PA: To sum up, I am convinced that fiction will remain alive since it meets a crucial human necessity. I even believe that films might become extinct before the novel, since it is one of the only spaces where two strangers can have a very personal relationship.
When reading a book, the reader is able to access the mind of someone else, and in doing so, may learn something about themselves, contributing to their sense of aliveness.
JL expressed that they are appreciative of the focus on the seclusion of the experience. No matter how large a book may become, due to the solitary act of reading, it can never become a shared experience. Reading is personal and almost can be likened to self-pleasure.
No matter what novel it is, readers always come singularly. That is the most significant point concerning this situation; one person reading, every single time.
JL: I’m intrigued by the concept of a novel’s ability to offer lengthy depictions of different artworks. It appears to me that this is a fundamental feature of the novel: that it can accommodate a tune, a poem, or a movie–
One could also consider a painting.
JL remarked that painting has a certain expanse that other art forms lack, as it is impossible to convey the entire gist of a novel through any other form of art.
PA: The term exphrasis is a rhetorical expression which refers to the description of imaginary works of art.
It has been noted that authors rarely focus on the act of reading books, but I believe that books and the experience of reading should be seen as part of the reality of the world. Similarly, movies should also be described.
After The Book of Illusions was published, I sent a copy to my friend, director Hal Hartley. He remarked to me that perhaps written films are even better than real ones, since you can envision them exactly as you desire.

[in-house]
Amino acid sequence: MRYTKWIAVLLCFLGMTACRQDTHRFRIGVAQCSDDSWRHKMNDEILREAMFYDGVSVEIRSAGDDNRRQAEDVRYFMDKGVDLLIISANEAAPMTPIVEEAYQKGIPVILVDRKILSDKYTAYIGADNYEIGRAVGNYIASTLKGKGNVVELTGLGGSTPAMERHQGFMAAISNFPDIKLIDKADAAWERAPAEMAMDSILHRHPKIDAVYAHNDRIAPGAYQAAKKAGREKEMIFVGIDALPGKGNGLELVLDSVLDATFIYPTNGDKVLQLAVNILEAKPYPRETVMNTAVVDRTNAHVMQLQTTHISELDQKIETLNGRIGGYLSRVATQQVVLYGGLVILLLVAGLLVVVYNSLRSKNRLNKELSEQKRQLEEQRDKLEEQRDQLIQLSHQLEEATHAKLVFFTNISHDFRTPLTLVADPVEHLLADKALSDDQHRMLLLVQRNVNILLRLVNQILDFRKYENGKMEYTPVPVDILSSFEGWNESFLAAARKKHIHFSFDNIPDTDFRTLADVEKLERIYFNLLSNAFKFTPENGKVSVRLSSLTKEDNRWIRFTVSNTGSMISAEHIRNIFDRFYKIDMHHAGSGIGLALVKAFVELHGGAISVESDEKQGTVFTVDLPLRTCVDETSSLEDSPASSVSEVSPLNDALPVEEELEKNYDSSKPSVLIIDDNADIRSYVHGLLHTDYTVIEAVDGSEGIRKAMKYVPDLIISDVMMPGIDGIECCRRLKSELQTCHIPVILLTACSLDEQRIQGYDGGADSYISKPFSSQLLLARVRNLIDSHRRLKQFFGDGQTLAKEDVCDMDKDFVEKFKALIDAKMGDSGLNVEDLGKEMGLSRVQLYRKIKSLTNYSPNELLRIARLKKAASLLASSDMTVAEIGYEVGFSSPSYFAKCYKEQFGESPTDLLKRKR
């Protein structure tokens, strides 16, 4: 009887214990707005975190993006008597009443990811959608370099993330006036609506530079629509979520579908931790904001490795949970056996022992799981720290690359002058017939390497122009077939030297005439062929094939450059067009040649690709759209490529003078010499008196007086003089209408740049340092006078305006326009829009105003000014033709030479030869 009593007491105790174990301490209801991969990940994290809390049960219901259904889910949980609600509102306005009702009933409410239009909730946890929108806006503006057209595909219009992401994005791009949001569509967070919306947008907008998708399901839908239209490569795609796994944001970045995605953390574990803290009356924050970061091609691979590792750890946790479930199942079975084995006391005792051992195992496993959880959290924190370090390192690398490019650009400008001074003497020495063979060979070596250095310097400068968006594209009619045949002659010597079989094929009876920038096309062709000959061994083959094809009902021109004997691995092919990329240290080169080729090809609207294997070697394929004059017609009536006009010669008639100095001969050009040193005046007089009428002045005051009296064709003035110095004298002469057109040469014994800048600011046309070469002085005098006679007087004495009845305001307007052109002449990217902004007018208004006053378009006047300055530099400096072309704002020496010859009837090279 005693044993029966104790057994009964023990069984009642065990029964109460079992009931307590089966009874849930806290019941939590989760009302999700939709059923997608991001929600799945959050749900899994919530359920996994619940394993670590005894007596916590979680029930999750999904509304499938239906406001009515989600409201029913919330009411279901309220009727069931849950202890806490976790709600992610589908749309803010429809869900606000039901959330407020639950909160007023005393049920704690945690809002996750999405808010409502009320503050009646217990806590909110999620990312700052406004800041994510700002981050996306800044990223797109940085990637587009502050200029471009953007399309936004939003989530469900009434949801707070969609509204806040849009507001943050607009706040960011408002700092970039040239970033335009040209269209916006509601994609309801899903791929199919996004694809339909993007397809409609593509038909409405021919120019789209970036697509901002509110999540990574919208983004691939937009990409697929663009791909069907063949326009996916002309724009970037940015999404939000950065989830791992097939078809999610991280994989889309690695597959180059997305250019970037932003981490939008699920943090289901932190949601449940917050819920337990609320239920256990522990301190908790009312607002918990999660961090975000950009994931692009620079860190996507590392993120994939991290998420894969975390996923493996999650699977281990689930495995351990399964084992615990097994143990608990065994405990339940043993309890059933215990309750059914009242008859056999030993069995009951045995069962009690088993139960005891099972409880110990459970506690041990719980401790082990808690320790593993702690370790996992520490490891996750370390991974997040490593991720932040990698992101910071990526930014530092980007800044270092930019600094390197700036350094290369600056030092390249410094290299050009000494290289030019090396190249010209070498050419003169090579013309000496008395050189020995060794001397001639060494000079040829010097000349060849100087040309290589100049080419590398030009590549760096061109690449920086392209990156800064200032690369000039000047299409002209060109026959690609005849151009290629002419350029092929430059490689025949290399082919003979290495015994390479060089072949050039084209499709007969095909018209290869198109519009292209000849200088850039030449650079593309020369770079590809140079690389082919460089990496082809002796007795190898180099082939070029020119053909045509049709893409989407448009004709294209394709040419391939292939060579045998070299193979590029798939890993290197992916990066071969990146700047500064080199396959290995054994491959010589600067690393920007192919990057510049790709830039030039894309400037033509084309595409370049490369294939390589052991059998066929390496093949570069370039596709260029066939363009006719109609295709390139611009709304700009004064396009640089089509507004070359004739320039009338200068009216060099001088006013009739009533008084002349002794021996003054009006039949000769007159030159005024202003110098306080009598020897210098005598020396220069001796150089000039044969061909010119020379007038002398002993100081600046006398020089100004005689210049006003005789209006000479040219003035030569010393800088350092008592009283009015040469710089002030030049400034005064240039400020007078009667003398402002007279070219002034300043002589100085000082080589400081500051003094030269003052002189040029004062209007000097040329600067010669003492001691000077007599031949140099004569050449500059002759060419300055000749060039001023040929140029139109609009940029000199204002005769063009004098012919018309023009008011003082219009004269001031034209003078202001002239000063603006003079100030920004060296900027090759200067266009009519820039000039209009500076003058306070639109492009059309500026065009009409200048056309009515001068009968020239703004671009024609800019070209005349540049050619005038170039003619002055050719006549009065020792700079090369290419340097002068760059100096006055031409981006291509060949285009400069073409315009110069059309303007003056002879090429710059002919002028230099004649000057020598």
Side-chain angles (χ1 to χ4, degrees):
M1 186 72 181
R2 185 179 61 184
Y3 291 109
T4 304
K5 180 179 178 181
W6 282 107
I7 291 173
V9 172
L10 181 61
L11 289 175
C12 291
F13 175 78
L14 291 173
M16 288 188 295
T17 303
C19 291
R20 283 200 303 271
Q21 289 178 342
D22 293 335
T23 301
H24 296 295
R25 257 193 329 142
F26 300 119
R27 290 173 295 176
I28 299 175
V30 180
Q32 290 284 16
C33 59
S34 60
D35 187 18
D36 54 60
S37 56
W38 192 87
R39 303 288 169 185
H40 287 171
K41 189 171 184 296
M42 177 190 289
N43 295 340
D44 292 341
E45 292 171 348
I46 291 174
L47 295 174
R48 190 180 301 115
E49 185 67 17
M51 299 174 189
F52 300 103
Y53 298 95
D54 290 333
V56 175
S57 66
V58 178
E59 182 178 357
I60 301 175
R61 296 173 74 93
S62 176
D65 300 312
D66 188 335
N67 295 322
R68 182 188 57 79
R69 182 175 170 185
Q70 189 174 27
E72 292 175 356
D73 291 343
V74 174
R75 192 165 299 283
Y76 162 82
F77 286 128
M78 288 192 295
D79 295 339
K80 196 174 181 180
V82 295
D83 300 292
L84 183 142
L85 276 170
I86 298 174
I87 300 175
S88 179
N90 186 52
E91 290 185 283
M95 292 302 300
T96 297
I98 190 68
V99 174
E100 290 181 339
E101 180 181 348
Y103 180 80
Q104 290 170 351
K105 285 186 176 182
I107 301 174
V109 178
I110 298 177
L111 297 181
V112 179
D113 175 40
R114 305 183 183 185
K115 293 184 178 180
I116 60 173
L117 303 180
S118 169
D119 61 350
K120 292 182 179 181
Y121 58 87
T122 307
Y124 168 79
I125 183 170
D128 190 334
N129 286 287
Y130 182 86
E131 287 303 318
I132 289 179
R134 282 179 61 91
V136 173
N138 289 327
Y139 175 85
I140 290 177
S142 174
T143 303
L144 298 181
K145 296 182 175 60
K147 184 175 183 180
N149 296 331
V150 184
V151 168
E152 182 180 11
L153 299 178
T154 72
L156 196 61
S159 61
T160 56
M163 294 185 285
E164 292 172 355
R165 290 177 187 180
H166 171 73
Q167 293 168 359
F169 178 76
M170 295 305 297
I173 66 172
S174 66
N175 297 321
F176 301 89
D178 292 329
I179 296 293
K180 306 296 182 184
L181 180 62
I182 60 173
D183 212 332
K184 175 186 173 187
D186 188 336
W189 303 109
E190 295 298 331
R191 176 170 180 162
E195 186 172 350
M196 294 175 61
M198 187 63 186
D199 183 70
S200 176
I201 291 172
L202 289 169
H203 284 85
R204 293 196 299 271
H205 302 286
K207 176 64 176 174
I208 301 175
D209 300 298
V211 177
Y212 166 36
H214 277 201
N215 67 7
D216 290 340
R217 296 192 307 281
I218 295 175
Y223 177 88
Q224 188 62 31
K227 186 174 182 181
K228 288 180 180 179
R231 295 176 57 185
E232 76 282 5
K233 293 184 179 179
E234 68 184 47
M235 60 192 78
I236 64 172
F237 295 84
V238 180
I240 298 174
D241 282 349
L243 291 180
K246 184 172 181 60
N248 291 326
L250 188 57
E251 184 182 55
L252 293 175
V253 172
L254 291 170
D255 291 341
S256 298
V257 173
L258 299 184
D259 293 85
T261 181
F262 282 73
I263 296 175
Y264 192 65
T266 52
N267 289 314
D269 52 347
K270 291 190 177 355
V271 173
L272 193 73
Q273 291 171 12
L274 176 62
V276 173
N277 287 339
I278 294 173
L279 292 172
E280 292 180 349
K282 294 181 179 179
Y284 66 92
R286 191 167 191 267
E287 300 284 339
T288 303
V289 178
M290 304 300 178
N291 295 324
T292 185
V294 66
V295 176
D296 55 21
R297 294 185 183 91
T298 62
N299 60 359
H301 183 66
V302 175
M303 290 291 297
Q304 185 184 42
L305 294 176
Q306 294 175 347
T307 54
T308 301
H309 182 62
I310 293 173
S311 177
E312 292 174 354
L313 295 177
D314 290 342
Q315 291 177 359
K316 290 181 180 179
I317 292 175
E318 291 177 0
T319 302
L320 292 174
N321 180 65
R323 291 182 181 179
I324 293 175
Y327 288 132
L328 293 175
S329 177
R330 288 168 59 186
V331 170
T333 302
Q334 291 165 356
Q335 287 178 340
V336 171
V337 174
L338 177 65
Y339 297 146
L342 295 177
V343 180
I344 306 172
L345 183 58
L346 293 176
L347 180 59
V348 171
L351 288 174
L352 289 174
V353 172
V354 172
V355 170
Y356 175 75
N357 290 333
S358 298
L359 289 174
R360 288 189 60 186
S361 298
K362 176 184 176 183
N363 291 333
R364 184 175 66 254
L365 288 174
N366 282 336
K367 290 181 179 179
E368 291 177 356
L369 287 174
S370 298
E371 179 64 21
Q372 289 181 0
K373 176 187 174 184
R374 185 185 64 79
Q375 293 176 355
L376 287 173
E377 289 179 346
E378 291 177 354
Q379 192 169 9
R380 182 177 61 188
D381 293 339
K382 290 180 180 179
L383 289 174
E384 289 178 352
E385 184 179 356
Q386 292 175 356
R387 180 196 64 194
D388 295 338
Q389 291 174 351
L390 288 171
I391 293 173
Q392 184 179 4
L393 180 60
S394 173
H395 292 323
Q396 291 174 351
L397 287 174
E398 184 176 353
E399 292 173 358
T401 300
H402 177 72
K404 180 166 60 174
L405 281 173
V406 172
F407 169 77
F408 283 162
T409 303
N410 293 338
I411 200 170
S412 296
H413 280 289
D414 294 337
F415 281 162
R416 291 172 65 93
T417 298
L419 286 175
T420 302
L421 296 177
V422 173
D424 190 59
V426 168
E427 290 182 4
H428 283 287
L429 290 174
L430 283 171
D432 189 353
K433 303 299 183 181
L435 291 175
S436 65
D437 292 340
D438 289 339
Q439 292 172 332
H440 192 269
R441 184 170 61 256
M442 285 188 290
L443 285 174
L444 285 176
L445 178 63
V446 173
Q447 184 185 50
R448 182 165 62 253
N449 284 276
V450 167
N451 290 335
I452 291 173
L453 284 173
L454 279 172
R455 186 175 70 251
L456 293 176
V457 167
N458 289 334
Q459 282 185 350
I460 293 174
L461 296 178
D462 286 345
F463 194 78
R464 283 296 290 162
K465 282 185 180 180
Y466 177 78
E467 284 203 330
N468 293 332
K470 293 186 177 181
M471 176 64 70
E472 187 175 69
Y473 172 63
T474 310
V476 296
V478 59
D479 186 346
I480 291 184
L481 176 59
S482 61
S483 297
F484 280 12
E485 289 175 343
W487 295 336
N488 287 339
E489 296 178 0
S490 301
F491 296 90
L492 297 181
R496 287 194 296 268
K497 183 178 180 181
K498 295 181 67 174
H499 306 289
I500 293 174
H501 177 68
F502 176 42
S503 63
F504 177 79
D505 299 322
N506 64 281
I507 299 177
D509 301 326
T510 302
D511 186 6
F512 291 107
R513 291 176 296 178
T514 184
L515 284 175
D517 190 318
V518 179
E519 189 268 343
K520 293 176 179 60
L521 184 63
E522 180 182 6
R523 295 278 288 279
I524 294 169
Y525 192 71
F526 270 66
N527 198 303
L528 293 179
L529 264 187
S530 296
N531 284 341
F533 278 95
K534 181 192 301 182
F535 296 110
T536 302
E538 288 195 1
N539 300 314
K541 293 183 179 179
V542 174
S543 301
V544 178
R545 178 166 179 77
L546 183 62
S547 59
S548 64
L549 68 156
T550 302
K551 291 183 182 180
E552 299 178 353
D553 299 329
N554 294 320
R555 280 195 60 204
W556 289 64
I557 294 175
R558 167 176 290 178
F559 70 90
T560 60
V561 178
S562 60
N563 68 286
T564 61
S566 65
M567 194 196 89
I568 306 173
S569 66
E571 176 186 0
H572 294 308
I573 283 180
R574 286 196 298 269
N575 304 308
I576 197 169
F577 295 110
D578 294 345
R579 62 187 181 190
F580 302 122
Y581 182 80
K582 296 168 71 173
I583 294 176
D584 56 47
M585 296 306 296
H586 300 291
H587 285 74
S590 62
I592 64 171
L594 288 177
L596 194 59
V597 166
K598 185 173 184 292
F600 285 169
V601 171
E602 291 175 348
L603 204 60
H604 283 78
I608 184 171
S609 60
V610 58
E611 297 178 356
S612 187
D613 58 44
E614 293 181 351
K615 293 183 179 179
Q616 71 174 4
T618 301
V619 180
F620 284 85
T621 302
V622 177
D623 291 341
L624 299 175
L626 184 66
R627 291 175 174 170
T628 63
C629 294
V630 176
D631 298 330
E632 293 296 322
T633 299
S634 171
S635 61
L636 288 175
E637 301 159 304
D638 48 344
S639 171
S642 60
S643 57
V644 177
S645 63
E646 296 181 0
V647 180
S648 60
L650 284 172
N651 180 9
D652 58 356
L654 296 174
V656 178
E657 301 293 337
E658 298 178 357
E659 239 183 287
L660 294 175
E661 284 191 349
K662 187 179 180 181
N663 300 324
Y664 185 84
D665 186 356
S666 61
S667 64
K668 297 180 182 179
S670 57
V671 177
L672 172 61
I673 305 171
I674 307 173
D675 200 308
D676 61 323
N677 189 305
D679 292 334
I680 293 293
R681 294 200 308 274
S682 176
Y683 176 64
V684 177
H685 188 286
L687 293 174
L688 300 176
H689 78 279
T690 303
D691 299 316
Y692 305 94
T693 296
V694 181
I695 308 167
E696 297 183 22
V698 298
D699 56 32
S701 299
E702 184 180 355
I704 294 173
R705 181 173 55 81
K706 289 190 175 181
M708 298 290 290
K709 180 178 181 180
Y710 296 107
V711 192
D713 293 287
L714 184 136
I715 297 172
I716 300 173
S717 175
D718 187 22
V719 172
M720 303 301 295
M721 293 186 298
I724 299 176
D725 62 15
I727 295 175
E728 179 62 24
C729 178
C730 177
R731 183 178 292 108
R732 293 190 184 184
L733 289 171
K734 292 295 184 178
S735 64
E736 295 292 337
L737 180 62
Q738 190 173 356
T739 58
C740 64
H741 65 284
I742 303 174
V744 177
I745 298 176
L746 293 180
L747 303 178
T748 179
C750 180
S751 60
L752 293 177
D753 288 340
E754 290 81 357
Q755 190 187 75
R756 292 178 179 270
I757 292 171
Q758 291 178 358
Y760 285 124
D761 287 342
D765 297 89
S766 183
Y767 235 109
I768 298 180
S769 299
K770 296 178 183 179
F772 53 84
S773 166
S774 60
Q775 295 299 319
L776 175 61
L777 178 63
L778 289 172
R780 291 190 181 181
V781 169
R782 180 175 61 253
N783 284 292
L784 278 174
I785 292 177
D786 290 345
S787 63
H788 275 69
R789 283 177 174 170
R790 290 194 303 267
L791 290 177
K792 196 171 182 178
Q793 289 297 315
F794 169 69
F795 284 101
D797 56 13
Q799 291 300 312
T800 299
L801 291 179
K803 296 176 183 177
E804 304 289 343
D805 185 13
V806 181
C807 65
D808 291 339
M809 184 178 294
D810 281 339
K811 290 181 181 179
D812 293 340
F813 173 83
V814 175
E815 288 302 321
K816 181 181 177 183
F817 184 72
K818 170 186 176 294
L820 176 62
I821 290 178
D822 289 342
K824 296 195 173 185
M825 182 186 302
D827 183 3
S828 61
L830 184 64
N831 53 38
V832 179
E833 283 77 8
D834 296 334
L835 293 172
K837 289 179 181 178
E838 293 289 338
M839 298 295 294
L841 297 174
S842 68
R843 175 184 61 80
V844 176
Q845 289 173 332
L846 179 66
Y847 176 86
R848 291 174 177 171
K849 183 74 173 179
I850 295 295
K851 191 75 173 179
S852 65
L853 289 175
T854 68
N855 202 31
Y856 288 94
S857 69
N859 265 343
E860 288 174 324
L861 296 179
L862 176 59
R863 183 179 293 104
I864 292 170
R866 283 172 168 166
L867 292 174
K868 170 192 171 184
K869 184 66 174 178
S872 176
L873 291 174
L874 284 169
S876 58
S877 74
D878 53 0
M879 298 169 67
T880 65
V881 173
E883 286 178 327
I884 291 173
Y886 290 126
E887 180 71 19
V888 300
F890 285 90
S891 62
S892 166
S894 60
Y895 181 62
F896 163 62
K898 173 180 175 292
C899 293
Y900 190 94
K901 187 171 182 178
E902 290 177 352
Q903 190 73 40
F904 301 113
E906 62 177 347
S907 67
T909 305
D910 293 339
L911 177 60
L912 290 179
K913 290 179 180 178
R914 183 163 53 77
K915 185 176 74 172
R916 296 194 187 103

JL: Writers of fiction have the ability to create a perfect movie. We are the ones responsible for choosing each character. Additionally, we get to decide how the settings will be decorated.
Reading a book allows one to revisit the same passage multiple times, while film continues to push forward. This can be especially challenging when the movie is particularly good, as it takes numerous viewings to truly appreciate it.
I believe I made a mistake with Lulu on the Bridge in that I crafted the script to an excessive degree as if writing a novel.
It really needs to be viewed multiple times to get what is occurring. At the beginning of the movie, Harvey Keitel is ambling down a street and there is a spray-painted “Beware of God” on the wall.
I had seen the same thing written on a T-shirt and it greatly interested me. It is the dyslexic version of “Beware of Dog”. Later, I made a point to include a distant barking dog.
It was my way of representing a deity and that is when Harvey’s character discovers the corpse in the alley. I doubt anyone could comprehend what I was striving for.
JL notes that when a reader reads a sentence detailing a barking dog, they naturally ponder why that particular choice was made.
This is because, in a novel, each element is selected intentionally, in contrast to a film which may capture aspects that seem to simply happen due to the whims of the camera or sound.
PA: That is exactly correct.
JL: At the same time, I found it impossible not to notice that while you were talking, a canine could be heard barking in the background, in this area of Brooklyn.
Affirmative response given.
JL: Do you remember the best example of exphrasis–the representation of one work of art in another artwork?
PA: I recall a scene in War and Peace where Natasha attends the opera. Instead of expressing it through emotion and artistry, Tolstoy provides a physical, almost comical account.
He describes the events as “a fat woman gesturing, a gong sounding in the background, lightning striking, and a skinny man singing an aria that no one understood”.
This is likely the most humorous depiction of a work of art that I have ever come across. Nonetheless, the best and most beautiful description of art I can think of is…
JL mentioned that the situation was perfect.
I regret to bring this up, but Siri’s final book, What I Loved, comes to mind. The painter’s artworks in the story are incredibly deep and are a crucial part of the novel.
It was masterfully written, and I can’t recall another book in which art was so essential to the narrative.
Recollecting the depiction of a painting in which the artist’s figure is barely visible on the side of the frame, JL recalled.